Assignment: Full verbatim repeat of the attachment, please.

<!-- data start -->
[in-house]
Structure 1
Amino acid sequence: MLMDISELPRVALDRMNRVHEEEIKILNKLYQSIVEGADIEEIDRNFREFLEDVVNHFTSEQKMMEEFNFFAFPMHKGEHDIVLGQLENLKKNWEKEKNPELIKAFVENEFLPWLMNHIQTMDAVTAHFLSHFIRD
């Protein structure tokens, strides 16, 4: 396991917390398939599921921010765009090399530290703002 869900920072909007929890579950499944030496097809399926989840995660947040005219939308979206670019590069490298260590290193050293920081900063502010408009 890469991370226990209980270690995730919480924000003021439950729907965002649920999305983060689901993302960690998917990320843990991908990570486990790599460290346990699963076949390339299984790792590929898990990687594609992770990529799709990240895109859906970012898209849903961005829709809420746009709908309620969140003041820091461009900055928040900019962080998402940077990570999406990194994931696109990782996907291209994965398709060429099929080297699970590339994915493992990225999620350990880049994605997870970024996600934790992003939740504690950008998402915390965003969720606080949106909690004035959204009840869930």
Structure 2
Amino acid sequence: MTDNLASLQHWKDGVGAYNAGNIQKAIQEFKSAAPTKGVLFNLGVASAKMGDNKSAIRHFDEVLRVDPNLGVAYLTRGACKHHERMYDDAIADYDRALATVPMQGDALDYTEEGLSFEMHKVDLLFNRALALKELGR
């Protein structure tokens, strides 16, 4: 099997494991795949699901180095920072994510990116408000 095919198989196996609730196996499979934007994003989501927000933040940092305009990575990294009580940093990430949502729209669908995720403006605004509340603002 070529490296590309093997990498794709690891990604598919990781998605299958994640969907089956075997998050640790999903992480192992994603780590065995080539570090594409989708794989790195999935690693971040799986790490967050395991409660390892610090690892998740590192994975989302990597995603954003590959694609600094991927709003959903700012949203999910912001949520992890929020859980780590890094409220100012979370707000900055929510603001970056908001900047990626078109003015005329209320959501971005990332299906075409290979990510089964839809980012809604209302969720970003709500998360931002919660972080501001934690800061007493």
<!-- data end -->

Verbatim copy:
[in-house]
Structure 1
Amino acid sequence: MLMDISELPRVALDRMNRVHEEEIKILNKLYQSIVEGADIEEIDRNFREFLEDVVNHFTSEQKMMEEFNFFAFPMHKGEHDIVLGQLENLKKNWEKEKNPELIKAFVENEFLPWLMNHIQTMDAVTAHFLSHFIRD
């Protein structure tokens, strides 16, 4: 396991917390398939599921921010765009090399530290703002 869900920072909007929890579950499944030496097809399926989840995660947040005219939308979206670019590069490298260590290193050293920081900063502010408009 890469991370226990209980270690995730919480924000003021439950729907965002649920999305983060689901993302960690998917990320843990991908990570486990790599460290346990699963076949390339299984790792590929898990990687594609992770990529799709990240895109859906970012898209849903961005829709809420746009709908309620969140003041820091461009900055928040900019962080998402940077990570999406990194994931696109990782996907291209994965398709060429099929080297699970590339994915493992990225999620350990880049994605997870970024996600934790992003939740504690950008998402915390965003969720606080949106909690004035959204009840869930």
Structure 2
Amino acid sequence: MTDNLASLQHWKDGVGAYNAGNIQKAIQEFKSAAPTKGVLFNLGVASAKMGDNKSAIRHFDEVLRVDPNLGVAYLTRGACKHHERMYDDAIADYDRALATVPMQGDALDYTEEGLSFEMHKVDLLFNRALALKELGR
């Protein structure tokens, strides 16, 4: 099997494991795949699901180095920072994510990116408000 095919198989196996609730196996499979934007994003989501927000933040940092305009990575990294009580940093990430949502729209669908995720403006605004509340603002 070529490296590309093997990498794709690891990604598919990781998605299958994640969907089956075997998050640790999903992480192992994603780590065995080539570090594409989708794989790195999935690693971040799986790490967050395991409660390892610090690892998740590192994975989302990597995603954003590959694609600094991927709003959903700012949203999910912001949520992890929020859980780590890094409220100012979370707000900055929510603001970056908001900047990626078109003015005329209320959501971005990332299906075409290979990510089964839809980012809604209302969720970003709500998360931002919660972080501001934690800061007493």